October is Black History Month in Britain. It is a great opportunity for everyone to learn more about people, places and objects that help tell the story of the Black presence in Britain – those whose names are not well known, and events that included people from Africa and the Caribbean who can help to inform the narratives of British history.
I have chosen to write about two circus performers from the 19th century who were celebrities of their time. They were part of a community that relished diversity as potential draws for curious audiences. Today, they are not so well known, but they are definitely part of circus history. Given the times we are in, let’s have some fun at the circus.
Pablo Fanque, the first Black circus proprietor in Britain
Born William Darby in Norwich, East Anglia, in 1810. He was one of at least five children. There isn’t much in the way of accurate information about his young life, but he was orphaned and went to join the circus at the age of 11. As an apprentice, he was trained in various skills – tumbling, rope walking and equestrian stunts. His debut was in 1821 as “Young Darby” in a sawdust ring in Norwich. Young Darby would eventually change his name to Pablo Fanque – a more exotic name that fits in with the tradition of creating extraordinary, larger-than-life personalities for the circus ring. In 1834, he is mentioned with his new name at The Lawn, Croydon, at a Grand Scottish Fete performing on a tightrope.
After 20 years as a performer, he eventually became a circus proprietor – the first black circus proprietor in Britain. He took his circus around the country, including Scotland and Ireland. In 1847 he joined the famous circus Astley’s Amphitheatre, which had an arena just off Westminster Bridge Road. His equestrian skills didn’t go unnoticed: “as an artist of colour and his act the hit of the evening, never seen surpassed or even equalled”.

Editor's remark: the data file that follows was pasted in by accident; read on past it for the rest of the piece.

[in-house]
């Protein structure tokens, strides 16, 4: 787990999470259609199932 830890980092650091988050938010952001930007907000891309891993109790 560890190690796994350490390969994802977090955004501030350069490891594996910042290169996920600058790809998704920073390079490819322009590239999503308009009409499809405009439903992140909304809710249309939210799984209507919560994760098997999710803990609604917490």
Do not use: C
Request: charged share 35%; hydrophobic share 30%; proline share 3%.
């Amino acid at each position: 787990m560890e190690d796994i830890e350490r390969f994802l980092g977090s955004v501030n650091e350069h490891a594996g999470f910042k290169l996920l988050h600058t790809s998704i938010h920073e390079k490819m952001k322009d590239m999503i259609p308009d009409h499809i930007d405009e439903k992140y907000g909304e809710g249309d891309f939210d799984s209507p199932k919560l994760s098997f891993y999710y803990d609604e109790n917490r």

Some of the greatest circus names appeared with Pablo Fanque, in both tented and wooden venues that were considered the best. However, his star began to fade. By the 1860s, he experienced financial difficulties that led to bankruptcy and the sale of his equipment and circus.
His death in poverty at the Britannia Inn, Stockport, in May 1871 was greeted with widespread sorrow.
In 1905, the chaplain of the Showmen’s Guild, in commenting on Fanque’s success wrote, “In the great brotherhood of the equestrian world there is no colour-line…. the camaraderie of the Ring has but one test, ability.”
Beatles fans may be familiar with Fanque’s name. He is mentioned in the song “Being for the Benefit of Mr Kite!” The relevant line: “The Hendersons will all be there/Late of Pablo Fanque’s Fair/What a scene!”
Pablo Fanque, the first Black circus proprietor in Britain at Astley’s Amphitheatre in 1847. Photo Credit: © Public Domain via Wikimedia Commons.
Aerialist Miss La La, the Black Venus
In the Victorian age, the circus was a place where women could perform without the normal restrictions on their sex. They could wear clothing that allowed them to move with ease, such as a leotard, named after the French acrobat Jules Leotard. It was ideal for women aerialists.
Miss La La was one of the most sought after aerialists of the day. As with Pablo Fanque, Miss La La’s ethnicity was not seen in a negative light. The circus had people of different nationalities and abilities, so her skills as a strong-jawed female with biceps measuring 35.5cm would have excited the crowd, particularly the male audience members! It is therefore not surprising that Edgar Degas would return several times during her residency at the Cirque de Fernando Montmartre Paris in 1880 to make sketches of her – referring to her as his “beautiful negress”. His painting of her is displayed in the National Gallery, London.
Miss La La was born Anna Albertine Olga Brown in Stetten, Prussia, (modern-day Poland) in 1858. She was of mixed heritage. She entered the world of the circus at age 9. It is believed that her parents may have been circus performers. She became very skilled on the high wire, the trapeze and the flying cord and was one of many strong women and iron jaw performers prominent in the 1870s. Her signature trick was to hang upside down on the trapeze with a cannon weighing 150 pounds hanging from her teeth that was then fired!!
She visited England on several occasions. Olga performed at the Westminster Aquarium from February to March 1879. She again visited in 1883 as part of a duo called “The Black and White Butterflies”, performing high flying and acrobatics.
Olga married a fellow circus performer in 1888 and eventually settled down in Brussels. Not much is known about her life after 1919 when she applied for a United States passport.
Painting of Black aerialist Miss La La Cirque Fernando in Paris circa 1879. Photo Credit: © Public Domain via Wikimedia Commons.
Ladies and gentlemen! A round of applause for the amazing equestrian maestro Pablo Fanque and the Black Venus Miss La La!